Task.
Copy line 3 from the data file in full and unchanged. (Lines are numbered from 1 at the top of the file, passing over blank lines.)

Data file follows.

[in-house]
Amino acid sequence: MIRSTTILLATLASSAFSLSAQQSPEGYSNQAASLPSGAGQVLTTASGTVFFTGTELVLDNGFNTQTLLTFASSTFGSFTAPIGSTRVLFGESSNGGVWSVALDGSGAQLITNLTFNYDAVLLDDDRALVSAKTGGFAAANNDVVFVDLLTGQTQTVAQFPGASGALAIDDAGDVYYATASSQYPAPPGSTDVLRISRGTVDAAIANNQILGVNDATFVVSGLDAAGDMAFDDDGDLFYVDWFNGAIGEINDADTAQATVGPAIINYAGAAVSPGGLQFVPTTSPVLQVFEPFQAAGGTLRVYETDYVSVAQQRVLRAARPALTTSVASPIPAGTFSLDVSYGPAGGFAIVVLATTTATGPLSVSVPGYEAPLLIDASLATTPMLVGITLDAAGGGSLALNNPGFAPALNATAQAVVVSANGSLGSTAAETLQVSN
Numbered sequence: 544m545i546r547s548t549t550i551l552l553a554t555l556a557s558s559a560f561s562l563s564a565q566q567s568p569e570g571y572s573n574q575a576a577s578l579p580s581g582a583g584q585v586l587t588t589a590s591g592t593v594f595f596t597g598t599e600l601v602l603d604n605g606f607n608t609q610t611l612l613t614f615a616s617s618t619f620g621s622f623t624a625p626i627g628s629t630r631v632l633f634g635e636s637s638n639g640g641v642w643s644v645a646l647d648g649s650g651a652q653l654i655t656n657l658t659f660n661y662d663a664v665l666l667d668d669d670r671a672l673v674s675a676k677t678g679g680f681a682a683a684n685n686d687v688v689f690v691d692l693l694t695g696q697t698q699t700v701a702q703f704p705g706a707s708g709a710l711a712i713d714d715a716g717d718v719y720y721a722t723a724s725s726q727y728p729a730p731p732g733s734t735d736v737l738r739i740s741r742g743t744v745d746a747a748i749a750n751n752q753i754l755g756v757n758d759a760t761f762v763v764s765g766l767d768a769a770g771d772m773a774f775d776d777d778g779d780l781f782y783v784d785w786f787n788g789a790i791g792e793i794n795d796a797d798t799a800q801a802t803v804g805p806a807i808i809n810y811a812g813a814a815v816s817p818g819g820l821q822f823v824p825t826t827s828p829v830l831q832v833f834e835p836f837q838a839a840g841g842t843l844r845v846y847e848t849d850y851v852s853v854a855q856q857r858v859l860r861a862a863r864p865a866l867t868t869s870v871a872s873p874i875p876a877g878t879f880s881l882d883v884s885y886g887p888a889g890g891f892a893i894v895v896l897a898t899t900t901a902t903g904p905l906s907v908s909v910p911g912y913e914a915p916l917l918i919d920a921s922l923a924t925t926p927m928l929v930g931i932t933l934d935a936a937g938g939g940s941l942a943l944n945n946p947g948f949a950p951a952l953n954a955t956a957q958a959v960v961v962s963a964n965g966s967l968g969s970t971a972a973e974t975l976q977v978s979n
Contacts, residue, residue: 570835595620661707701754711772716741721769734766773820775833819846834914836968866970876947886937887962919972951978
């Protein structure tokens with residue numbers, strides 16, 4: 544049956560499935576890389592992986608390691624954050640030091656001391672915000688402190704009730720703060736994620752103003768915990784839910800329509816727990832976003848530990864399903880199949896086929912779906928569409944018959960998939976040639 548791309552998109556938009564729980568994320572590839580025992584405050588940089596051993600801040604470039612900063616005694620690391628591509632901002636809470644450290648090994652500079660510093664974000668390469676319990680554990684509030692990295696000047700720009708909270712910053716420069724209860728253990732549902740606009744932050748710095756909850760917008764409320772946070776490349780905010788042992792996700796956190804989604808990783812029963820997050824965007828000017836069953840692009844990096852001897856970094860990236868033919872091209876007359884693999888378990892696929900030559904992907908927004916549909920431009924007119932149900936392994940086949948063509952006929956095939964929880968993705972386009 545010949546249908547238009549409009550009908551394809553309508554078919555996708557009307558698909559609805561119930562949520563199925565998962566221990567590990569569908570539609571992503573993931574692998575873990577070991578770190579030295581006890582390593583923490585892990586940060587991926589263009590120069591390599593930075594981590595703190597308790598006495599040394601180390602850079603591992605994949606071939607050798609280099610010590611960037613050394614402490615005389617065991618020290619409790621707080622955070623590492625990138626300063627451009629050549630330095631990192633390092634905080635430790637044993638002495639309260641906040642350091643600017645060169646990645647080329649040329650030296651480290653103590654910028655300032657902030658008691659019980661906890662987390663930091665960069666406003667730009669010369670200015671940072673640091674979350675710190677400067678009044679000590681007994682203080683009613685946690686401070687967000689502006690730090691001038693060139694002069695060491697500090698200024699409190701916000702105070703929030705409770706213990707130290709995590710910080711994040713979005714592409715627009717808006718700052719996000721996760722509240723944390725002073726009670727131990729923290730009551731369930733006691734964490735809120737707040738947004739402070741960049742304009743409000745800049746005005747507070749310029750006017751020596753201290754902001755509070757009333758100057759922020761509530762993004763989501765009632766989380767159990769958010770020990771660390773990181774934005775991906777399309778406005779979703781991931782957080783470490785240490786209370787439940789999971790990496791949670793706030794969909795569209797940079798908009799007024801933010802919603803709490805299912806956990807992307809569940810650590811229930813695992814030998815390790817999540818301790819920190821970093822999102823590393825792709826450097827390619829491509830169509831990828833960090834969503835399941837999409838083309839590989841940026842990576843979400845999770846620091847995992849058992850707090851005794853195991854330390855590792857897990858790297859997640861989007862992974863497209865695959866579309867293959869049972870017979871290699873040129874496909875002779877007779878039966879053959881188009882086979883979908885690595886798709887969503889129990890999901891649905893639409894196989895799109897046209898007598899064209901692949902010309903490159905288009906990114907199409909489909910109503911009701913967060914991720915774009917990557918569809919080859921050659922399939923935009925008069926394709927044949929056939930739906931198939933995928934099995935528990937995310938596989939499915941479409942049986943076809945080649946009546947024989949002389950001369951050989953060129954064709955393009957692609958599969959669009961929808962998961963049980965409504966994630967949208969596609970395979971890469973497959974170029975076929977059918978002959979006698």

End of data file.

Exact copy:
Numbered sequence: 544m545i546r547s548t549t550i551l552l553a554t555l556a557s558s559a560f561s562l563s564a565q566q567s568p569e570g571y572s573n574q575a576a577s578l579p580s581g582a583g584q585v586l587t588t589a590s591g592t593v594f595f596t597g598t599e600l601v602l603d604n605g606f607n608t609q610t611l612l613t614f615a616s617s618t619f620g621s622f623t624a625p626i627g628s629t630r631v632l633f634g635e636s637s638n639g640g641v642w643s644v645a646l647d648g649s650g651a652q653l654i655t656n657l658t659f660n661y662d663a664v665l666l667d668d669d670r671a672l673v674s675a676k677t678g679g680f681a682a683a684n685n686d687v688v689f690v691d692l693l694t695g696q697t698q699t700v701a702q703f704p705g706a707s708g709a710l711a712i713d714d715a716g717d718v719y720y721a722t723a724s725s726q727y728p729a730p731p732g733s734t735d736v737l738r739i740s741r742g743t744v745d746a747a748i749a750n751n752q753i754l755g756v757n758d759a760t761f762v763v764s765g766l767d768a769a770g771d772m773a774f775d776d777d778g779d780l781f782y783v784d785w786f787n788g789a790i791g792e793i794n795d796a797d798t799a800q801a802t803v804g805p806a807i808i809n810y811a812g813a814a815v816s817p818g819g820l821q822f823v824p825t826t827s828p829v830l831q832v833f834e835p836f837q838a839a840g841g842t843l844r845v846y847e848t849d850y851v852s853v854a855q856q857r858v859l860r861a862a863r864p865a866l867t868t869s870v871a872s873p874i875p876a877g878t879f880s881l882d883v884s885y886g887p888a889g890g891f892a893i894v895v896l897a898t899t900t901a902t903g904p905l906s907v908s909v910p911g912y913e914a915p916l917l918i919d920a921s922l923a924t925t926p927m928l929v930g931i932t933l934d935a936a937g938g939g940s941l942a943l944n945n946p947g948f949a950p951a952l953n954a955t956a957q958a959v960v961v962s963a964n965g966s967l968g969s970t971a972a973e974t975l976q977v978s979n